Skepticism

Ask Surly Amy: Heart Trouble and Hypnosis

Ask Surly Amy

Dear Surly Amy,
My mom had some serious heart trouble a few years back, and ever since then, she’s been diligently listening to hypnosis tapes. She swears the tapes decrease her dependence on her pacemaker and generally improve her health. From what I can tell, the tapes claim to use white noise to induce alpha and theta brainwaves, along with subliminal messages to promote inner peace, immunity, etc. I suspect that the tapes are at best well-intentioned woo, or at worst a money-grubbing scam. However, she really believes they are helping her, and I don’t want to pick at something she is already very sensitive about. Surly Amy, is there any way for me to attempt to dissuade my mother from falling for this alternative ‘medicine’ or should I just bite my tongue and be thankful that she’s still around and that she isn’t wasting her resources on something worse, like donating to the Catholic church?
Sincerely,
Skeptically confused daughter

My response after the jump!

Dear Skeptically confused daughter,

Your concern is completely justified. When the health of someone we care about is in jeopardy it is important that we do our best to insure that they are receiving genuine science based medicine and not snake oil and fairy dust. That being said, and in this particular instance, I don’t think that you need to be overly concerned.

If your mother is refusing actual medical care or a specific treatment recommended by her doctor and using this method instead or spending her last dime or an exorbitant amount of money on the product then I would do whatever I could to change her mind and help her to understand the facts. You want her to receive the best treatment she can get and have enough money for the necessities of life but if she is just listening to white noise/subliminal tapes to relax then it’s really not such a big deal. While you are correct to assume that the white noise products are pseudoscience and much like binaural beats they are nothing more than an audio illusion sold for profit. No, they can’t actually cure you of anything specific and even the published studies related to white noise and sleep assistance seem iffy at best. A randomized study with infants showed white noise was no help with crying or sleeping but a study funded by a company that sells a white noise product claims it might help heal wounds. Huh, I’m a bit skeptical of that last study. But still, if she enjoys the tapes and they do help her to relax and they aren’t telling her to murder the family then I say let her have them. You need to pick your battles.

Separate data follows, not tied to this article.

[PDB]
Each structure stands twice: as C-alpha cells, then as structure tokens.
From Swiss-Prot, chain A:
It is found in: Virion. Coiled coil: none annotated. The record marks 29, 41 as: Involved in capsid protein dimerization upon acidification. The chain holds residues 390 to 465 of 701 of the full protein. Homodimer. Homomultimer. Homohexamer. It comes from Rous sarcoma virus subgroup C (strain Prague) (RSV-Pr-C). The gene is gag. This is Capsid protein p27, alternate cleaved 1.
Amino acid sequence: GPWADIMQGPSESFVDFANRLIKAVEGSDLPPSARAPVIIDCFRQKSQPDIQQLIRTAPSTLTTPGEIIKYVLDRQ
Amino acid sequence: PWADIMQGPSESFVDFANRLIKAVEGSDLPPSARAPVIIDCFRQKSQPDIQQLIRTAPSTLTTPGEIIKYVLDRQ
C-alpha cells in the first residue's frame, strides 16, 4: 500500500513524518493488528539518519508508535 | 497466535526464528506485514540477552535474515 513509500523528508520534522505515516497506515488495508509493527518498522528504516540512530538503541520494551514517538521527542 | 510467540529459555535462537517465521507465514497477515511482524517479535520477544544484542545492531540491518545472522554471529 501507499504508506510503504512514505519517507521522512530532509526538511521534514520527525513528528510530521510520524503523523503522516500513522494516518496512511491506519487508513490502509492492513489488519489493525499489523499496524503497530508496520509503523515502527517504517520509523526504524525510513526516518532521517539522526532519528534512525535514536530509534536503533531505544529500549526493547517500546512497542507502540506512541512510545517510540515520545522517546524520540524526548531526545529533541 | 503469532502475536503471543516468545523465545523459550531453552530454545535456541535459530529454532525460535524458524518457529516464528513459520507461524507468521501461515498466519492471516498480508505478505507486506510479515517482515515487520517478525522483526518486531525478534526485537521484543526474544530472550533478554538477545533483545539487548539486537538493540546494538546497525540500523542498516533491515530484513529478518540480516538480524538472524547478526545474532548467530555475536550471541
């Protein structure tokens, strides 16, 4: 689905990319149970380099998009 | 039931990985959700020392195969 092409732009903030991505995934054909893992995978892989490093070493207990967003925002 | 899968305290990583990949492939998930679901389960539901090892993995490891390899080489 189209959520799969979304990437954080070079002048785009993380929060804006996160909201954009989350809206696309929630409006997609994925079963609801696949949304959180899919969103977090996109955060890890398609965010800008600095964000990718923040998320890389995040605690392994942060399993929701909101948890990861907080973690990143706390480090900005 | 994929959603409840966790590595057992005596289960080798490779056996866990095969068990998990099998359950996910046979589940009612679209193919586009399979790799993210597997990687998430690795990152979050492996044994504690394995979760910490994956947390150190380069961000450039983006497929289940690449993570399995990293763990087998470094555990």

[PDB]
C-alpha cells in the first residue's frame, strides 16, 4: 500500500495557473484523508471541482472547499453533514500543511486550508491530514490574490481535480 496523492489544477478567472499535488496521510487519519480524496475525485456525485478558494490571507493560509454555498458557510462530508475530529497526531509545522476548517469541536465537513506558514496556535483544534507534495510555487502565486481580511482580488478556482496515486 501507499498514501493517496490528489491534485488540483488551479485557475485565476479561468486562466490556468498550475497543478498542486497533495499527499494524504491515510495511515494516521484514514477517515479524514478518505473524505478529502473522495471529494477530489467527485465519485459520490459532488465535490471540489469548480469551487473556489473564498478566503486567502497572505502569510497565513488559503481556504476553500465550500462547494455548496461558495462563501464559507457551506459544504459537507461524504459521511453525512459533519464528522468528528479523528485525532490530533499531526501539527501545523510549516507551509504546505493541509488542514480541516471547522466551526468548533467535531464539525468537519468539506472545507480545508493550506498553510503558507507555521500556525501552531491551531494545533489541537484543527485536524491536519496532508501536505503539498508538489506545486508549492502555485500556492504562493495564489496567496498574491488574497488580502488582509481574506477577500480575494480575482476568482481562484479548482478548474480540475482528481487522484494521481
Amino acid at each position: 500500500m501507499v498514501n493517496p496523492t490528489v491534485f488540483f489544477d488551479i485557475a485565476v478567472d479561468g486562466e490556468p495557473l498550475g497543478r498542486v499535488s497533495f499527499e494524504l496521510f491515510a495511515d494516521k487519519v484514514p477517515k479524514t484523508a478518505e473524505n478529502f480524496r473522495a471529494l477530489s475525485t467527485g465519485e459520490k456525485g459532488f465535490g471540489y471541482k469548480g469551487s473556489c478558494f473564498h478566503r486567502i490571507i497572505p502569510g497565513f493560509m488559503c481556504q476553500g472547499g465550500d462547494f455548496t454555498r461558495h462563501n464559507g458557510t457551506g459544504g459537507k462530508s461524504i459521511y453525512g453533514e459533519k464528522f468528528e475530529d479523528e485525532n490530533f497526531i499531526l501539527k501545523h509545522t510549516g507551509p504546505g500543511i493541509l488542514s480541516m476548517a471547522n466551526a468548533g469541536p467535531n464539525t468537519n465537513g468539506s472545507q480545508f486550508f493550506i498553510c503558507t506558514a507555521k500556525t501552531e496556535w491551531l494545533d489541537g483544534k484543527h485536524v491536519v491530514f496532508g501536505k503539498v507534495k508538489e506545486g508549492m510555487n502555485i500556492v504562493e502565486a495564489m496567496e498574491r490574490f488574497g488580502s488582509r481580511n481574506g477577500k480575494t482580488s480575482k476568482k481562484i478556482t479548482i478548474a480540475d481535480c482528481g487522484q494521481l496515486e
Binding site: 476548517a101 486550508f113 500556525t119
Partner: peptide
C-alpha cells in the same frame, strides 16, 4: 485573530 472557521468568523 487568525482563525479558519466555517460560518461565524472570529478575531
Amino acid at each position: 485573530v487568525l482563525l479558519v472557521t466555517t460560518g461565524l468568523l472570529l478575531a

I look at it this way, I LOVE Tom Waits. When I listen to Tom Waits it seriously makes me feel better. However, Tom Waits has not been scientifically proven to cure any diseases.

And while I absolutely adore his voice and I’m pretty sure it lowers my blood pressure and cheers me up, I have friends who think he sounds like a garbage disposal. They want to tear their freakin’ hair out when they hear him. Selling Tom Waits as medicine would be unethical on my part (or his) but taking him away from me in times of despair would be a little bit unfair and unnecessary. The subjective results one experiences can at times have psychological value even when objectively nothing has changed. Subjectively, Tom Waits makes Surly Amy feel better.

If your mother asks, by all means absolutely explain that there is no quality empirical evidence that suggests that subliminal messages can treat or cure any specific illness. You can also explain that while hypnosis as a state of mind exists it is not a cure for heart disease or an immune booster although it might help her start a cult. Still, I say let her have the tapes. Relaxation can be very important when you have heart problems.

If she is really into white noise maybe you could even turn it into a musical mother/daughter bonding experience and turn her on to Sonic Youth. They hypnotized a generation with white noise and hypnotic lyrics in much the same way the altmed hypnosis tapes do now. ;)